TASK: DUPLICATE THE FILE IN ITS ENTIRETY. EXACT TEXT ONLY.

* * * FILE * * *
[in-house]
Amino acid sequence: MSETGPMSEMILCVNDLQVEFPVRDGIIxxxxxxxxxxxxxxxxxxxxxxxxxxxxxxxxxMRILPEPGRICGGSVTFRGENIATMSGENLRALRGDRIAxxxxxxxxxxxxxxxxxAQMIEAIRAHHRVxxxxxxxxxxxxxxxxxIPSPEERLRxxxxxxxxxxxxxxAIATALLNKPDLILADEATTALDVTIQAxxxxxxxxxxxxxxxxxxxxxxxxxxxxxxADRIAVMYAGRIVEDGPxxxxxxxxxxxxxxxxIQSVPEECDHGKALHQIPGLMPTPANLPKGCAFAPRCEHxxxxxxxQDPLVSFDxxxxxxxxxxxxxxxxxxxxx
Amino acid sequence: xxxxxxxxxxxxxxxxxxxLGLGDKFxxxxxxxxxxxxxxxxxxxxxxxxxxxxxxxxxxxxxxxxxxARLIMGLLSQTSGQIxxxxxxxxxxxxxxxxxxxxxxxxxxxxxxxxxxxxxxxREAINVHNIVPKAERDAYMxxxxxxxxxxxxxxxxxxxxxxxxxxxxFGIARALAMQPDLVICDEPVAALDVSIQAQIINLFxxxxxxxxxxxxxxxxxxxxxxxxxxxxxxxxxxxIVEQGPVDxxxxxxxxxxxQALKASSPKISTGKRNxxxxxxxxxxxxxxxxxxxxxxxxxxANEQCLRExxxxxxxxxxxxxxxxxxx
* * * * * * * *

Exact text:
[in-house]
Amino acid sequence: MSETGPMSEMILCVNDLQVEFPVRDGIIxxxxxxxxxxxxxxxxxxxxxxxxxxxxxxxxxMRILPEPGRICGGSVTFRGENIATMSGENLRALRGDRIAxxxxxxxxxxxxxxxxxAQMIEAIRAHHRVxxxxxxxxxxxxxxxxxIPSPEERLRxxxxxxxxxxxxxxAIATALLNKPDLILADEATTALDVTIQAxxxxxxxxxxxxxxxxxxxxxxxxxxxxxxADRIAVMYAGRIVEDGPxxxxxxxxxxxxxxxxIQSVPEECDHGKALHQIPGLMPTPANLPKGCAFAPRCEHxxxxxxxQDPLVSFDxxxxxxxxxxxxxxxxxxxxx
Amino acid sequence: xxxxxxxxxxxxxxxxxxxLGLGDKFxxxxxxxxxxxxxxxxxxxxxxxxxxxxxxxxxxxxxxxxxxARLIMGLLSQTSGQIxxxxxxxxxxxxxxxxxxxxxxxxxxxxxxxxxxxxxxxREAINVHNIVPKAERDAYMxxxxxxxxxxxxxxxxxxxxxxxxxxxxFGIARALAMQPDLVICDEPVAALDVSIQAQIINLFxxxxxxxxxxxxxxxxxxxxxxxxxxxxxxxxxxxIVEQGPVDxxxxxxxxxxxQALKASSPKISTGKRNxxxxxxxxxxxxxxxxxxxxxxxxxxANEQCLRExxxxxxxxxxxxxxxxxxx